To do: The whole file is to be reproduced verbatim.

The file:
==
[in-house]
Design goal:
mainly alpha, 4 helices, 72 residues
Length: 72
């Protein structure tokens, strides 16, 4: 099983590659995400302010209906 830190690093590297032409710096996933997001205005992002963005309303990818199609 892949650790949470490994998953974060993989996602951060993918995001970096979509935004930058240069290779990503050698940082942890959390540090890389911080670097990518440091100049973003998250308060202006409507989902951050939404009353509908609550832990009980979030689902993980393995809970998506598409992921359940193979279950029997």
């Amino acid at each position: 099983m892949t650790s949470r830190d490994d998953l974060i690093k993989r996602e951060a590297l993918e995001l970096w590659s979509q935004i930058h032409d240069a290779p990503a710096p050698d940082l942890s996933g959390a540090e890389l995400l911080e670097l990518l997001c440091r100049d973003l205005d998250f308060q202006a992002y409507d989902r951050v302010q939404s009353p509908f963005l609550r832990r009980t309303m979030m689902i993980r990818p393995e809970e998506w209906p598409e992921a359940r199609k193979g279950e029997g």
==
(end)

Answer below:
[in-house]
Design goal:
mainly alpha, 4 helices, 72 residues
Length: 72
């Protein structure tokens, strides 16, 4: 099983590659995400302010209906 830190690093590297032409710096996933997001205005992002963005309303990818199609 892949650790949470490994998953974060993989996602951060993918995001970096979509935004930058240069290779990503050698940082942890959390540090890389911080670097990518440091100049973003998250308060202006409507989902951050939404009353509908609550832990009980979030689902993980393995809970998506598409992921359940193979279950029997």
């Amino acid at each position: 099983m892949t650790s949470r830190d490994d998953l974060i690093k993989r996602e951060a590297l993918e995001l970096w590659s979509q935004i930058h032409d240069a290779p990503a710096p050698d940082l942890s996933g959390a540090e890389l995400l911080e670097l990518l997001c440091r100049d973003l205005d998250f308060q202006a992002y409507d989902r951050v302010q939404s009353p509908f963005l609550r832990r009980t309303m979030m689902i993980r990818p393995e809970e998506w209906p598409e992921a359940r199609k193979g279950e029997g």